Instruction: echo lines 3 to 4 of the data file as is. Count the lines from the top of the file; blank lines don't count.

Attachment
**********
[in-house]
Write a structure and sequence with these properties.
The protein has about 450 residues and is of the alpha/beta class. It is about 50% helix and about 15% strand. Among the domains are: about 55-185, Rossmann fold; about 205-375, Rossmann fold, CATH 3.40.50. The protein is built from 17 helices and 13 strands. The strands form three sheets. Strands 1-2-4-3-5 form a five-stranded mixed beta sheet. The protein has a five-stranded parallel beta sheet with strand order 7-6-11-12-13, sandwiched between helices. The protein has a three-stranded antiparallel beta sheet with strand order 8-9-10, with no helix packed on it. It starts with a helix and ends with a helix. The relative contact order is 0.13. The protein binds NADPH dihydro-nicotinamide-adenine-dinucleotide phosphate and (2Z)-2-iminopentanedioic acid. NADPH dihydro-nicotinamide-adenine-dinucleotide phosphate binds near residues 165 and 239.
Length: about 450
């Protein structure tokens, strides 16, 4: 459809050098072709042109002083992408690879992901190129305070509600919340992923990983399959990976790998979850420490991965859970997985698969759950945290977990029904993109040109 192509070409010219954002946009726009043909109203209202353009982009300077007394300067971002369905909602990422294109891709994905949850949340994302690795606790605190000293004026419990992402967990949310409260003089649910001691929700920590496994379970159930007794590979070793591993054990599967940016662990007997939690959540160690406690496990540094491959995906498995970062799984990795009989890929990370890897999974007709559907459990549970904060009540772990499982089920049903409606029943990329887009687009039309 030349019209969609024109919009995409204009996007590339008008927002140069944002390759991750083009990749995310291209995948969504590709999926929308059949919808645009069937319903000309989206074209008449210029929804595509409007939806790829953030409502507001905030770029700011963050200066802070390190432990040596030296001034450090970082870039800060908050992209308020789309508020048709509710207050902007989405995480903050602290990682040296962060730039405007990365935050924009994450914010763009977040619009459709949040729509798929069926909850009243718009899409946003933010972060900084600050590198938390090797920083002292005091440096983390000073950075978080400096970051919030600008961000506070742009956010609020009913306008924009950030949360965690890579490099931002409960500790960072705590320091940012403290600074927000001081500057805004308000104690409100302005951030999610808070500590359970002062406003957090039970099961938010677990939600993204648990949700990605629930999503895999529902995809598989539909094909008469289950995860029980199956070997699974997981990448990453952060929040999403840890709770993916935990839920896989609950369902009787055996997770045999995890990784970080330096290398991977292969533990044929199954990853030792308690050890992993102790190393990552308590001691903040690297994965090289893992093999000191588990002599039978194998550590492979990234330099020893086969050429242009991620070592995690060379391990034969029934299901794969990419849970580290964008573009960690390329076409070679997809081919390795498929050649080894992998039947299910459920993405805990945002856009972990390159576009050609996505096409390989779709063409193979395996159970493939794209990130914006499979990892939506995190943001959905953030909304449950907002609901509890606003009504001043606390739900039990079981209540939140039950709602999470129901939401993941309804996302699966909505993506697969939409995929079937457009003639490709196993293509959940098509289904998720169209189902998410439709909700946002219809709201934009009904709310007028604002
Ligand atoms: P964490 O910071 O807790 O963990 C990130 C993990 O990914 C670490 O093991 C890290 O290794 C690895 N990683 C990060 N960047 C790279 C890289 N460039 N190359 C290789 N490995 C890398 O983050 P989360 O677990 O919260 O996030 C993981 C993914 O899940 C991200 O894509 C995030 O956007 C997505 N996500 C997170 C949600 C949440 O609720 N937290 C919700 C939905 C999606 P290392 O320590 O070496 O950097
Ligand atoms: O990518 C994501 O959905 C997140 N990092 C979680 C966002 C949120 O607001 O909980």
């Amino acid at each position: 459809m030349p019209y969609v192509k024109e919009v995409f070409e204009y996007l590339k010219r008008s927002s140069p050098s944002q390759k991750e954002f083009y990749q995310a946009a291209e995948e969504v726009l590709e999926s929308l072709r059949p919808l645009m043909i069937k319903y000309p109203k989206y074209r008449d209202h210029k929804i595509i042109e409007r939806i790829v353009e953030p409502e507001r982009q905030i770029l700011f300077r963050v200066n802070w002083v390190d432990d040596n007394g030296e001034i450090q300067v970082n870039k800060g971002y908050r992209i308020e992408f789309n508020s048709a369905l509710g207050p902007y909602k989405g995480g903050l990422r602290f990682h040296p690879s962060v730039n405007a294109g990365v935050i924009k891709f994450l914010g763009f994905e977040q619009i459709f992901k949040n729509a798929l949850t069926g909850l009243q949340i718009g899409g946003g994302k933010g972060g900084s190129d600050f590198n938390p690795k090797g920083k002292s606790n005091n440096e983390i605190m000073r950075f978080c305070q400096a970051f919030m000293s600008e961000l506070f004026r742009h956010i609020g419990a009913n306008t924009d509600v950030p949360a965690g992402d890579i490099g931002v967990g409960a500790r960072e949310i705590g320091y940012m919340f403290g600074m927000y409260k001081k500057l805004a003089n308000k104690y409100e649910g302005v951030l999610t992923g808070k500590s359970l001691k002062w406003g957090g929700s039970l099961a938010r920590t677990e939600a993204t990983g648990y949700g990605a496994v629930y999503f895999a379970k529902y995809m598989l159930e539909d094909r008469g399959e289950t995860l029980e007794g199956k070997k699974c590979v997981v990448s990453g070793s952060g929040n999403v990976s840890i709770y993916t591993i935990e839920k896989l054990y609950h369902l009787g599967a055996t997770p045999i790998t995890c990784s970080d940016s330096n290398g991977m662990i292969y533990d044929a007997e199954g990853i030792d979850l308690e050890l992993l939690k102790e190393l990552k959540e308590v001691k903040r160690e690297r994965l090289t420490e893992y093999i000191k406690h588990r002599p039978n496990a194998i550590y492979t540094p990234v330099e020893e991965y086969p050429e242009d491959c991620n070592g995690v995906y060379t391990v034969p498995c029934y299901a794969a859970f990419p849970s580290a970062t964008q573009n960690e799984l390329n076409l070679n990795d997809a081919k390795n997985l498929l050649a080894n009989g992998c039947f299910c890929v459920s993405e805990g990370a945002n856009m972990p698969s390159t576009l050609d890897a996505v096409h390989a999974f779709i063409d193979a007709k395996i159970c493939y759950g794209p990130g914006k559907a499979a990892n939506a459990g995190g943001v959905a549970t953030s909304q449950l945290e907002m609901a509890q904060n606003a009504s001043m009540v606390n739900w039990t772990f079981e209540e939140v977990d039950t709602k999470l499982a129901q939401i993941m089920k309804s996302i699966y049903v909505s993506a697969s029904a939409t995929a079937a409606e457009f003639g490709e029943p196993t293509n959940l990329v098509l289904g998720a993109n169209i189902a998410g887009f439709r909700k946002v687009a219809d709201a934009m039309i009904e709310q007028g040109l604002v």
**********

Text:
The protein has about 450 residues and is of the alpha/beta class. It is about 50% helix and about 15% strand. Among the domains are: about 55-185, Rossmann fold; about 205-375, Rossmann fold, CATH 3.40.50. The protein is built from 17 helices and 13 strands. The strands form three sheets. Strands 1-2-4-3-5 form a five-stranded mixed beta sheet. The protein has a five-stranded parallel beta sheet with strand order 7-6-11-12-13, sandwiched between helices. The protein has a three-stranded antiparallel beta sheet with strand order 8-9-10, with no helix packed on it. It starts with a helix and ends with a helix. The relative contact order is 0.13. The protein binds NADPH dihydro-nicotinamide-adenine-dinucleotide phosphate and (2Z)-2-iminopentanedioic acid. NADPH dihydro-nicotinamide-adenine-dinucleotide phosphate binds near residues 165 and 239.
Length: about 450